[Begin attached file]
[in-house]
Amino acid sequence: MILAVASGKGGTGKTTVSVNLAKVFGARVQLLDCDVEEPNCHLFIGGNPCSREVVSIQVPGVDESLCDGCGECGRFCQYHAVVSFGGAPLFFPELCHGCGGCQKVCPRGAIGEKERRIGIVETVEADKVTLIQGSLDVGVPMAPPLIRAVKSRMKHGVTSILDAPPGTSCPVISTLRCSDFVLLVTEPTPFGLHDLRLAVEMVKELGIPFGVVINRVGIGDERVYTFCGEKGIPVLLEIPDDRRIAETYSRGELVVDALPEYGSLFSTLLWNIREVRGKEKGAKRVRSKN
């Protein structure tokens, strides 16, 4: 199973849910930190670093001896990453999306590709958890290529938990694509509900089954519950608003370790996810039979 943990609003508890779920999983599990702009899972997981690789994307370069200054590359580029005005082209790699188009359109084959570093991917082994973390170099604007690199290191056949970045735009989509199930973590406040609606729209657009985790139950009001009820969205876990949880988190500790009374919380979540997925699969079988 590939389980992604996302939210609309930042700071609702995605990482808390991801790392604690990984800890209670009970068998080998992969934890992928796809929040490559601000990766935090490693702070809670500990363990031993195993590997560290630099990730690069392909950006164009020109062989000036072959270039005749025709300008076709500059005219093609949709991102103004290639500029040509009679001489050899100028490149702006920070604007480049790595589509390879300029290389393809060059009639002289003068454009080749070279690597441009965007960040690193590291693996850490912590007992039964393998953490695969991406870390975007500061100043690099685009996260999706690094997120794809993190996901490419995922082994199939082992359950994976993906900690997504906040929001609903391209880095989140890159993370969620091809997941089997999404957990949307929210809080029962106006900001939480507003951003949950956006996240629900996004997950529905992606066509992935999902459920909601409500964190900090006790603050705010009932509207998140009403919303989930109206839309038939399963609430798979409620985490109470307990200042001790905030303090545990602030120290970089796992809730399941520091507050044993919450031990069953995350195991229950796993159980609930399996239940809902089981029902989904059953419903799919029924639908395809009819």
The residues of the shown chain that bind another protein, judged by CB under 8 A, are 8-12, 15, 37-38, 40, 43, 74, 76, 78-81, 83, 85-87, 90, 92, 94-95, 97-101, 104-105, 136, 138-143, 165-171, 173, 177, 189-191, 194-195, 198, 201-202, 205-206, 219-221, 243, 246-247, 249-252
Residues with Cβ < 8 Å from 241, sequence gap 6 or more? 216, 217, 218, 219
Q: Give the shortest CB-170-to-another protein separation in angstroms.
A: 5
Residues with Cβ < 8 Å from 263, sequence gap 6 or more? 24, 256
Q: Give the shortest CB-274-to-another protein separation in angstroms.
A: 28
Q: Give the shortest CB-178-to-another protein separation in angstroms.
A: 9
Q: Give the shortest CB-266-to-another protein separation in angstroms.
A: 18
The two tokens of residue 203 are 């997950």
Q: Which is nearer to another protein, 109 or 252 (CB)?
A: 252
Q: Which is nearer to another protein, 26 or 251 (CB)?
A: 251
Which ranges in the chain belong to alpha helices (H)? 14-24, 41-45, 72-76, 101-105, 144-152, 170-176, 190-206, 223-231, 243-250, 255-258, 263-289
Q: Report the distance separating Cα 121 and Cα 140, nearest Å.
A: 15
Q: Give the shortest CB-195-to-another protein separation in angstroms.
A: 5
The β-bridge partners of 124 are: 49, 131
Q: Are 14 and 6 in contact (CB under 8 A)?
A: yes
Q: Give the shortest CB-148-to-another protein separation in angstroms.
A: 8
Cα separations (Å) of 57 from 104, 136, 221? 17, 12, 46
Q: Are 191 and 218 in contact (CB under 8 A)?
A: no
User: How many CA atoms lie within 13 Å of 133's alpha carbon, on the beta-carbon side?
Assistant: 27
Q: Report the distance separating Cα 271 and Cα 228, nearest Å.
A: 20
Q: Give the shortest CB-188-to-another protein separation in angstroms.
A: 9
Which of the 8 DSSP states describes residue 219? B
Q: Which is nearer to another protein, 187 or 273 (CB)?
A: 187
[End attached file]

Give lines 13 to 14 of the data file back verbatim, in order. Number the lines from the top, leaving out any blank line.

Q: Give the shortest CB-266-to-another protein separation in angstroms.
A: 18